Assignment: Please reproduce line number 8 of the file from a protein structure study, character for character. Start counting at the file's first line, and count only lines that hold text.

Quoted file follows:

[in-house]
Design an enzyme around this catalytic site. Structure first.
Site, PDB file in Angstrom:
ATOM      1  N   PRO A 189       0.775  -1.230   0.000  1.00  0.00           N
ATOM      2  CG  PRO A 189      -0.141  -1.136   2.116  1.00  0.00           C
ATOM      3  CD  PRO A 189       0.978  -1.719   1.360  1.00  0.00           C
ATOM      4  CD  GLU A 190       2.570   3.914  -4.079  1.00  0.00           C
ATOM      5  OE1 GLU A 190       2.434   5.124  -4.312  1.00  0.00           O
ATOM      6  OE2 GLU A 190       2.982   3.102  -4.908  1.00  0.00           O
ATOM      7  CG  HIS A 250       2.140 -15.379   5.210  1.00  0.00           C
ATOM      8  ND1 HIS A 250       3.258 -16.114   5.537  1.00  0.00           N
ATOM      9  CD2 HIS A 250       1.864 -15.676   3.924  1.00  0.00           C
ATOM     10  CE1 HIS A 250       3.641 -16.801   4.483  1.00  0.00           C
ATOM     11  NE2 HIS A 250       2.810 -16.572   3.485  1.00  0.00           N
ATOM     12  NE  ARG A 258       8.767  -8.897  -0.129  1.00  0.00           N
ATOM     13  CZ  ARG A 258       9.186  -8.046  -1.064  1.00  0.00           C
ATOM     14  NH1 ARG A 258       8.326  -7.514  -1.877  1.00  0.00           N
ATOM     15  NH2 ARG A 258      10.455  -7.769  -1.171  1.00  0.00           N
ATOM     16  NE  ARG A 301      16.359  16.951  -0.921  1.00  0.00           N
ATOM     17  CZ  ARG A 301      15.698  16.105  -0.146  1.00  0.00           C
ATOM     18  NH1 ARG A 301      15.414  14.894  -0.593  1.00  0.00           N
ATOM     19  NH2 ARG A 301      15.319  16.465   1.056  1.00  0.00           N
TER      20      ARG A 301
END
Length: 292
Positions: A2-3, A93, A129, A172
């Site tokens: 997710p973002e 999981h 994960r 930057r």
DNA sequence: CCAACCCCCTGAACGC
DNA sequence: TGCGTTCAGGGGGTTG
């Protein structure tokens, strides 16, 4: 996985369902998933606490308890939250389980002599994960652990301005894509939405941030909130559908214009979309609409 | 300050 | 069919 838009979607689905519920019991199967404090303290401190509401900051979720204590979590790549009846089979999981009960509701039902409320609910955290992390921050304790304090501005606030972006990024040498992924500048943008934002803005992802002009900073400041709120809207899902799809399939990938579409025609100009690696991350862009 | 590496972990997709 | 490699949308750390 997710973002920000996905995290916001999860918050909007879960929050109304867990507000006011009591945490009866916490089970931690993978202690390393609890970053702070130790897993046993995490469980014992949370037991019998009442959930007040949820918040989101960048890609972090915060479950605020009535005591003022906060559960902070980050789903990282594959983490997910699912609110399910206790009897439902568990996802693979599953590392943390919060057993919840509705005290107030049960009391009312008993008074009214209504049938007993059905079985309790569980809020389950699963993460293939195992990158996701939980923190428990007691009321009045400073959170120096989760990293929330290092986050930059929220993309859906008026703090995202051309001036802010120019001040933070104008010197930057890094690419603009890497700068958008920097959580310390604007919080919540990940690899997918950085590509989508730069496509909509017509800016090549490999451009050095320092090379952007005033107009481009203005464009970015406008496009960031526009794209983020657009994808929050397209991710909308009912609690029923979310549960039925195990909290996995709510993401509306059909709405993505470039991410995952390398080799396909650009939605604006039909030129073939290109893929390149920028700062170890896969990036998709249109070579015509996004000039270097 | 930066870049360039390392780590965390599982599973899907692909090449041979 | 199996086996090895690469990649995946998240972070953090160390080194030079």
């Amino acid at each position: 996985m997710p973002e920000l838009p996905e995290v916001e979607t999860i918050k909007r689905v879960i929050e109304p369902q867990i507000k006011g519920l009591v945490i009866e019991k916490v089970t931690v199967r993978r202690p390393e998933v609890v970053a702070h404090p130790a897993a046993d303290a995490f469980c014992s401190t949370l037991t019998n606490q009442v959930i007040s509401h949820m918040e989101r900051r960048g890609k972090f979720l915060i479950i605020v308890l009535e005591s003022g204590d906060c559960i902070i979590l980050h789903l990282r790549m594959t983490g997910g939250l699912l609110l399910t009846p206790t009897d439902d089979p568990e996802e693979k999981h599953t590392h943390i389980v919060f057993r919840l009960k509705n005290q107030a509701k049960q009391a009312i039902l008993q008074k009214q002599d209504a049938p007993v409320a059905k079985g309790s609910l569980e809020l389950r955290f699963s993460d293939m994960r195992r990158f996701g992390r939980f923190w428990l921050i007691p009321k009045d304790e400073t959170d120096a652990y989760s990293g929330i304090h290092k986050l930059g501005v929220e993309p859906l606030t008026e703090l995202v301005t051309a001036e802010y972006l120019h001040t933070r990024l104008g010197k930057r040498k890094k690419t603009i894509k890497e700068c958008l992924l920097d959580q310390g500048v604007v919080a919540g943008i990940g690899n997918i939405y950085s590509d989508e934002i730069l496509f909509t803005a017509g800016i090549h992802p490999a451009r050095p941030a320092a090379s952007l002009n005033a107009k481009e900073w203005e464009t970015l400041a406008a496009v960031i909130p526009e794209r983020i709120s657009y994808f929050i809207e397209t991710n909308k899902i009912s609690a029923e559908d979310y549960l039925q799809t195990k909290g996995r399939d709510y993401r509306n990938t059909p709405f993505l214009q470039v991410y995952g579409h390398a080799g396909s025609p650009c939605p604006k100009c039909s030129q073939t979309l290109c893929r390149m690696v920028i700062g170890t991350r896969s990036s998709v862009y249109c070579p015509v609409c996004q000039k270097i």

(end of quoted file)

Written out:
ATOM      5  OE1 GLU A 190       2.434   5.124  -4.312  1.00  0.00           O